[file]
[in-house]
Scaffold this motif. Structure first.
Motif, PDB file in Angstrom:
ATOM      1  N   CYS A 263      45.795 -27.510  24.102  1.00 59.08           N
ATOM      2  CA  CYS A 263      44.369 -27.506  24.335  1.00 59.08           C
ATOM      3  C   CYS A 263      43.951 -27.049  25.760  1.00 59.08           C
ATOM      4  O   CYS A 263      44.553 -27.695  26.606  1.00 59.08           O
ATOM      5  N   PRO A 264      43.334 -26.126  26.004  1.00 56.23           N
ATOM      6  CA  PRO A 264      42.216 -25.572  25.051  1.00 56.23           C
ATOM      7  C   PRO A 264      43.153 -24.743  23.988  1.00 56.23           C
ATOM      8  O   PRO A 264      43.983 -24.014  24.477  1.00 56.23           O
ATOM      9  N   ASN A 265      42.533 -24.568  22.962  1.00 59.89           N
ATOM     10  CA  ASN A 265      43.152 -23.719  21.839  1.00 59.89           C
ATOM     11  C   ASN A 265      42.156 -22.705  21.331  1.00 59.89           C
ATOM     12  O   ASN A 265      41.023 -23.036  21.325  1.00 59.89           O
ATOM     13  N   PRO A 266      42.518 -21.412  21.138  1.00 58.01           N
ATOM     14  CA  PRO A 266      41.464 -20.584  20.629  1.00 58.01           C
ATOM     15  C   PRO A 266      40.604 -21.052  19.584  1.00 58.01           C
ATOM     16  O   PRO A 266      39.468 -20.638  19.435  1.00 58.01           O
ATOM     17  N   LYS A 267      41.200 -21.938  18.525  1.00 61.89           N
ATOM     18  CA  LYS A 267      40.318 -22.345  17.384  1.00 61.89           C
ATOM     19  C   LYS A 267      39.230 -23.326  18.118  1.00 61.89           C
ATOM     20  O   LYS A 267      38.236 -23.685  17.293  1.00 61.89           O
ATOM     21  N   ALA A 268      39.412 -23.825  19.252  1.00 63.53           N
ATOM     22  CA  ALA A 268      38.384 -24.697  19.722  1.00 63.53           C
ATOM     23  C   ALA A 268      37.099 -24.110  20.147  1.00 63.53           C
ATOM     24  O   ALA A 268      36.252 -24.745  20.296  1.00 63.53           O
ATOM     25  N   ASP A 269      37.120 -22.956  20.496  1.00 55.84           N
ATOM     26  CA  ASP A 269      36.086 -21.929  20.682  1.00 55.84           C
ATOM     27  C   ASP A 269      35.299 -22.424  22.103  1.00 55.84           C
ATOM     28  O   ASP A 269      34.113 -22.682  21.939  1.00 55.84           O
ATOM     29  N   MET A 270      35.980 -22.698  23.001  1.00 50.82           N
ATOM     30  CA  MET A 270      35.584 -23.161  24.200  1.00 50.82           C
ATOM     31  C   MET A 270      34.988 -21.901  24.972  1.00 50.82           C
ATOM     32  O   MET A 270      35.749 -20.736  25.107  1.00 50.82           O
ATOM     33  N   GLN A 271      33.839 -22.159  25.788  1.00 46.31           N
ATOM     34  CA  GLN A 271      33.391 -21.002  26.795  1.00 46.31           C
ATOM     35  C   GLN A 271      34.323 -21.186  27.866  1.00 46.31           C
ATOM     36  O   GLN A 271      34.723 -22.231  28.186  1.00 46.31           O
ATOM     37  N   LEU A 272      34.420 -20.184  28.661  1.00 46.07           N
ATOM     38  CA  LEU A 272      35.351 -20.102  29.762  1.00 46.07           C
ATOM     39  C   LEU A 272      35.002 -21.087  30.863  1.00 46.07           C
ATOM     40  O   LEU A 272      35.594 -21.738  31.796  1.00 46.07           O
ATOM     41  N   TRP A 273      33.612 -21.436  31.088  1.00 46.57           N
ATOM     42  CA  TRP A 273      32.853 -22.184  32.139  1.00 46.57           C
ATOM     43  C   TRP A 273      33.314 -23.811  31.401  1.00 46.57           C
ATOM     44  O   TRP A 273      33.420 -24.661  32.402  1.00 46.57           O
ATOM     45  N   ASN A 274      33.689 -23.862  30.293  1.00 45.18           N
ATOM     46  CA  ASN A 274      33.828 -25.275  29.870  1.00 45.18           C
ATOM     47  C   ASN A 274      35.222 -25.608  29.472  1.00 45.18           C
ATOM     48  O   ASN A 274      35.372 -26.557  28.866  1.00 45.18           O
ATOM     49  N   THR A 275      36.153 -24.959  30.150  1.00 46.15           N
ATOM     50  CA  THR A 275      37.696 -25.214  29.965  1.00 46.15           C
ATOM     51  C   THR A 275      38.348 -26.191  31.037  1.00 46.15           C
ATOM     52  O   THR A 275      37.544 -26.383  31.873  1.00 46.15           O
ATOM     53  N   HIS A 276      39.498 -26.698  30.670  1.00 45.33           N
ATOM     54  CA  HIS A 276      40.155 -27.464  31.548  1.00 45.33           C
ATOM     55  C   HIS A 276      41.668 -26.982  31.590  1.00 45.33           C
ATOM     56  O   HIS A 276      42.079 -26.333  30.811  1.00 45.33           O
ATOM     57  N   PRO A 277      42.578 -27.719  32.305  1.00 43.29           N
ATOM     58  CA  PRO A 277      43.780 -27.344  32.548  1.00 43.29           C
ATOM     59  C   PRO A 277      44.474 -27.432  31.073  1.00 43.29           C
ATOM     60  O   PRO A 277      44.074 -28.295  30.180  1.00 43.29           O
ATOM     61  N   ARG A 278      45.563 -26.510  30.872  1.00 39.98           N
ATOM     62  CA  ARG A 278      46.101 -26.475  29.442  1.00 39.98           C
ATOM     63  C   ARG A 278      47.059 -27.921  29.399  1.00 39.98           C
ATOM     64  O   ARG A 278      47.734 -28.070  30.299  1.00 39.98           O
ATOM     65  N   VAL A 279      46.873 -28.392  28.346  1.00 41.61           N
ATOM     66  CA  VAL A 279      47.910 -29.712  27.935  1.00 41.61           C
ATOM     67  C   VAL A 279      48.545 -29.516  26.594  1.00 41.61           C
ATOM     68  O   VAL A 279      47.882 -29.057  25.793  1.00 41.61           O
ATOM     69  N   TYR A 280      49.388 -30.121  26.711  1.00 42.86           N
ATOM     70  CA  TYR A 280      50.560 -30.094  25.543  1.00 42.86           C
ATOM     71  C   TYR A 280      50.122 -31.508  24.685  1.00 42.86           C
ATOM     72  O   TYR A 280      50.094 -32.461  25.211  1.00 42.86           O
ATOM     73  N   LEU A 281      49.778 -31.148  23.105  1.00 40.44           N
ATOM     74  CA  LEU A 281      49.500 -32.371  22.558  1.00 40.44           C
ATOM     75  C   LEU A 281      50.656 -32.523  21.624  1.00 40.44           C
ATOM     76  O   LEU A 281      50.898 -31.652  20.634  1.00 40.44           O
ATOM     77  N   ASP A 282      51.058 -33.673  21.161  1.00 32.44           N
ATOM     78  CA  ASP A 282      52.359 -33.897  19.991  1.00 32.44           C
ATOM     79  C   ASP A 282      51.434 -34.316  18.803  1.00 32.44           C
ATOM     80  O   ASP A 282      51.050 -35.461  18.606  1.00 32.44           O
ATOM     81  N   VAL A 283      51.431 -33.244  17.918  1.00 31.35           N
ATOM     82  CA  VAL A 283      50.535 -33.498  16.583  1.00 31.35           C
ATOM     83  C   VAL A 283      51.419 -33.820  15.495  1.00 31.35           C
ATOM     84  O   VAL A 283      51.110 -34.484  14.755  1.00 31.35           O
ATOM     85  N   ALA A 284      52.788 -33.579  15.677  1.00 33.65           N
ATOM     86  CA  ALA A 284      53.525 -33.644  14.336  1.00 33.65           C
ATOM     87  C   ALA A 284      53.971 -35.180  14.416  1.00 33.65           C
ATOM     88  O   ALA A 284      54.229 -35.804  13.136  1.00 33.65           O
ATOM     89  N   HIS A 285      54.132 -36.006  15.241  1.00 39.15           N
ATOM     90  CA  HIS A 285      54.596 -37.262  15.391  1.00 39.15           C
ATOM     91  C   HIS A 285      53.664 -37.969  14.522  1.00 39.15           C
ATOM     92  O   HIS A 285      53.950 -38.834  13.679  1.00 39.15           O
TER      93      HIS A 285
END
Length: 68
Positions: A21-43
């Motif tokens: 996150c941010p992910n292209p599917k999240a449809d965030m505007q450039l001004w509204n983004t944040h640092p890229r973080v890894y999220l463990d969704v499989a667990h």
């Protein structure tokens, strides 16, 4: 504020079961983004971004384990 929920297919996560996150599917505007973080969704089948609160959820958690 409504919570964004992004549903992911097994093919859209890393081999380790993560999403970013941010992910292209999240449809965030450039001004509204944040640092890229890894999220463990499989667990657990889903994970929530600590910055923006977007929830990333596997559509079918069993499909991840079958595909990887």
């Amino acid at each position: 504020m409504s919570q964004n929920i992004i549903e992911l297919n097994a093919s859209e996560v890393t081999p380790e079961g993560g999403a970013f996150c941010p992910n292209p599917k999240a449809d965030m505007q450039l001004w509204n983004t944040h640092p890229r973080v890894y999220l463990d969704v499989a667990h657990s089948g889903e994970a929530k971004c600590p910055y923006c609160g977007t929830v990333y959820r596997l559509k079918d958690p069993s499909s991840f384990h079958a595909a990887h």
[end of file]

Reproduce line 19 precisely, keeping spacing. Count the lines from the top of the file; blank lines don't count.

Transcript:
ATOM     16  O   PRO A 266      39.468 -20.638  19.435  1.00 58.01           O